6. Track the cost per client

The client acquisition cost tells you exactly how much it costs to gain one client through a specific marketing source. Like your conversion rates, this is an early indicator of the success or failure of your marketing strategy.


Cost per client = number of clients from marketing source / cost of that source

You can also track the cost per lead, and analyze the difference between what you’re spending on leads and how many of them become clients. If you have a low cost per lead but a high client acquisition price, that could mean two things: either you’re not following up sufficiently with your leads and they’re signing with other firms, or your strategy is bringing in low-quality leads. Some firms spend huge amounts on lead generation programs. But when they follow up, those endless lists of new leads dwindle to nothing. Keeping an eye on your cost per client will help you avoid these costly mistakes.

On the other hand, when the cost per lead is closer to the cost per acquisition, you’ve found a marketing source that delivers high-quality leads. Not only does this build revenue, it cuts down on the efforts wasted by your intake staff on fruitless follow-up.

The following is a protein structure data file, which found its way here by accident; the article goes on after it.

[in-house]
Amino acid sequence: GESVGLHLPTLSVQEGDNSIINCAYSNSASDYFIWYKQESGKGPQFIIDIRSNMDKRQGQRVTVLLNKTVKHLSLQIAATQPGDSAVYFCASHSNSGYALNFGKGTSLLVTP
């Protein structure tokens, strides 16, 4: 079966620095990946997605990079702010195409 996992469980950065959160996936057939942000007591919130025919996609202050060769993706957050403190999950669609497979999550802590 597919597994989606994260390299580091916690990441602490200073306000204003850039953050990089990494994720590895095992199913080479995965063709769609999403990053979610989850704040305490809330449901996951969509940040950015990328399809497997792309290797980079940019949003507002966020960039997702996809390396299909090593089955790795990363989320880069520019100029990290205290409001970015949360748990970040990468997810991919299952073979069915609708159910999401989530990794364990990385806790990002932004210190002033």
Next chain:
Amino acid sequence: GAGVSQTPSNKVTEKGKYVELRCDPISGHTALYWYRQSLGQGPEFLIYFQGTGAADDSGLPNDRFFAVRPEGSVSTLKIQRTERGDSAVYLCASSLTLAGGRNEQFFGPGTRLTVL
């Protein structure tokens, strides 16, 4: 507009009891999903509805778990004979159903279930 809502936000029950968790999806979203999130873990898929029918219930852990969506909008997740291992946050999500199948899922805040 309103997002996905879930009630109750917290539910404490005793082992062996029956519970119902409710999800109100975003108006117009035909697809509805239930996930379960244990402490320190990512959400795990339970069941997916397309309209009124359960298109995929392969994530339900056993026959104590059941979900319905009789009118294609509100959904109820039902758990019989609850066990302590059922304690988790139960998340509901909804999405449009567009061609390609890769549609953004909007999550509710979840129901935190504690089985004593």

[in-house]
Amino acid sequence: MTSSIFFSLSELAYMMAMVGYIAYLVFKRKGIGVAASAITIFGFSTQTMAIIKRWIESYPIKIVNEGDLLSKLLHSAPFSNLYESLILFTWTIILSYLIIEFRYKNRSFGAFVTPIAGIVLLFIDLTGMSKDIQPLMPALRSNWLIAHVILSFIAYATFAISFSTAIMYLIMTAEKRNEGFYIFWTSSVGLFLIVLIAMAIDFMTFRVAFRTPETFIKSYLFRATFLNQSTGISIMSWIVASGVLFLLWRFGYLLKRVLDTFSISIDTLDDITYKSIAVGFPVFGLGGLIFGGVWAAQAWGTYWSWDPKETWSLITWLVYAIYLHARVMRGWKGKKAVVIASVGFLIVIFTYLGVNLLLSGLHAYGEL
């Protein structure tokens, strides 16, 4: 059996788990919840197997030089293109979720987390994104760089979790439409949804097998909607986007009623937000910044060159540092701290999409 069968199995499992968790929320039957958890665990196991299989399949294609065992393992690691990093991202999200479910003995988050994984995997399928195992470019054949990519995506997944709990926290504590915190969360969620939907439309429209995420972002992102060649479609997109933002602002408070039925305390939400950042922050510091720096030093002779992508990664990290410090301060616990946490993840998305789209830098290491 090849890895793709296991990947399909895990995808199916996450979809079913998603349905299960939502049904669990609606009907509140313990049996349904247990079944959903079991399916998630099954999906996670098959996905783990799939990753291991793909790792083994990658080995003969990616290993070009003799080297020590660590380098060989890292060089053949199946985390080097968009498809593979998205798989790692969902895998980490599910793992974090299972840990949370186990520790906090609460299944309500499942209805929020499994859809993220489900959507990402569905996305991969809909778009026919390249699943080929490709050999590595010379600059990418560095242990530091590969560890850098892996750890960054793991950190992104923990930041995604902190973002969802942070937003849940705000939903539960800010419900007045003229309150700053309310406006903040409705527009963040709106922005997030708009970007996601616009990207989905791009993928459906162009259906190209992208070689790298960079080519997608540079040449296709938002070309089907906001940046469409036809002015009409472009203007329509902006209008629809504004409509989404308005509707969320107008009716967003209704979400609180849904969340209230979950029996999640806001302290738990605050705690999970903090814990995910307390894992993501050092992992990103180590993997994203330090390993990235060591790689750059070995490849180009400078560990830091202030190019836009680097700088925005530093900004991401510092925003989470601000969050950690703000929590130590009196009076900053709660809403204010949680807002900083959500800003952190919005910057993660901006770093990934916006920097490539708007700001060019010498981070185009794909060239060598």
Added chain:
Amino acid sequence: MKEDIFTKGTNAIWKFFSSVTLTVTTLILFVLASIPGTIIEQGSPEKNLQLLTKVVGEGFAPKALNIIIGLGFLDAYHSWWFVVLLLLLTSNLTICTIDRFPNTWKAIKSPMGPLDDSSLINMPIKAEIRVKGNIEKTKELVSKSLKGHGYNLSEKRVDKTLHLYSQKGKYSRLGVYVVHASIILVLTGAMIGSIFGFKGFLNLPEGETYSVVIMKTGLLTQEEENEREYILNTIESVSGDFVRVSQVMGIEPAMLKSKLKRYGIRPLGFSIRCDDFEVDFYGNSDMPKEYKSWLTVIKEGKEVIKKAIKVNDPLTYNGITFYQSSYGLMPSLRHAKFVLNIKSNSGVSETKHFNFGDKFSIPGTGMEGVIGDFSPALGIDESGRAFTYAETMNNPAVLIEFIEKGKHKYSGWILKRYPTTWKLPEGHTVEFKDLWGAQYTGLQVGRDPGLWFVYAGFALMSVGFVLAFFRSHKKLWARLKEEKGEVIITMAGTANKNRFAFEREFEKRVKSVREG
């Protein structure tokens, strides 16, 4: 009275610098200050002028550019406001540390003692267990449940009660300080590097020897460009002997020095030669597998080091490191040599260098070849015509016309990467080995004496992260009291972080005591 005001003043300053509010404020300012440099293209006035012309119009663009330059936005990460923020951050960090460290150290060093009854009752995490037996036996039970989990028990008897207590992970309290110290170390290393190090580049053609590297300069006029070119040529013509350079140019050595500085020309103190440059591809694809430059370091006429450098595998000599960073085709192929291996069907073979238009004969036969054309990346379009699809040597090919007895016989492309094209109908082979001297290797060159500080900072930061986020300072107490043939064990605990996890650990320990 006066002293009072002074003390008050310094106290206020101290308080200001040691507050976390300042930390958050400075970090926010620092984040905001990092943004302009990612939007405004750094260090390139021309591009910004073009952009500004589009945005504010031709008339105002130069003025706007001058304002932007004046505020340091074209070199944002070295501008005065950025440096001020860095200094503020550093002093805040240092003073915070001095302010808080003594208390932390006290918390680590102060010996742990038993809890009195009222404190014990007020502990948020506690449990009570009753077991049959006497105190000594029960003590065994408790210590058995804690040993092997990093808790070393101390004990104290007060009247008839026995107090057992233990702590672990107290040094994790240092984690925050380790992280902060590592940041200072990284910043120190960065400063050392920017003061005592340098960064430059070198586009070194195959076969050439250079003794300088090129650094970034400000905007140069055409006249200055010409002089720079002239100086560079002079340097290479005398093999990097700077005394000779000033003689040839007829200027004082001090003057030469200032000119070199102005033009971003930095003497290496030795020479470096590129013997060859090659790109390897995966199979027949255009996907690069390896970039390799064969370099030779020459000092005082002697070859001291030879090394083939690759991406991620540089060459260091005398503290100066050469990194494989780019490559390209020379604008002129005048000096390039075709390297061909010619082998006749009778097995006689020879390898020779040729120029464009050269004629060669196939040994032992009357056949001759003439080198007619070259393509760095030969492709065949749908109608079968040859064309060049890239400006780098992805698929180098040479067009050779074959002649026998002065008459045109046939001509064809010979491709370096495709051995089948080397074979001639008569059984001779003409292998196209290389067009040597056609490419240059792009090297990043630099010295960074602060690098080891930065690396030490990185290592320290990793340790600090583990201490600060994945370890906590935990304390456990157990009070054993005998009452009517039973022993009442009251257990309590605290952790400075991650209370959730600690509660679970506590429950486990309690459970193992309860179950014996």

7. Set a regular cadence to check KPIs

To make sure that KPIs are able to guide your marketing decisions, schedule a regular cadence to view the report.

How frequently should it be? This depends on the nature of your firm and the goals you are setting. Most firms should check their numbers monthly or weekly, but some may need to check them only once a quarter. Some firms that are running more aggressive and innovative marketing campaigns review their metrics daily.

Whatever the cadence is, make it routine. Set a recurring event on your calendar to analyze the numbers. Pay special attention to new marketing campaigns, to catch how your numbers might be changing.

8. Set goals and follow through

Once you have a clear understanding of your KPIs, you’re better equipped to improve them.

Where should you begin? If you’re using Lead Docket, take advantage of its built-in tools to help legal professionals ‘close loops’—turning marketing campaigns into leads and leads into clients. Before throwing more money into marketing campaigns, make sure you’re giving adequate attention to the leads that come to you. With faster and more consistent follow up, you can turn more leads into clients, increase revenue and ROI, and drive down your client acquisition cost.

Marketing KPIs also tell you when it’s time to revamp your website design, improve your SEO, and update your ad copy. But whatever new methods you try, your KPIs will guide you toward success.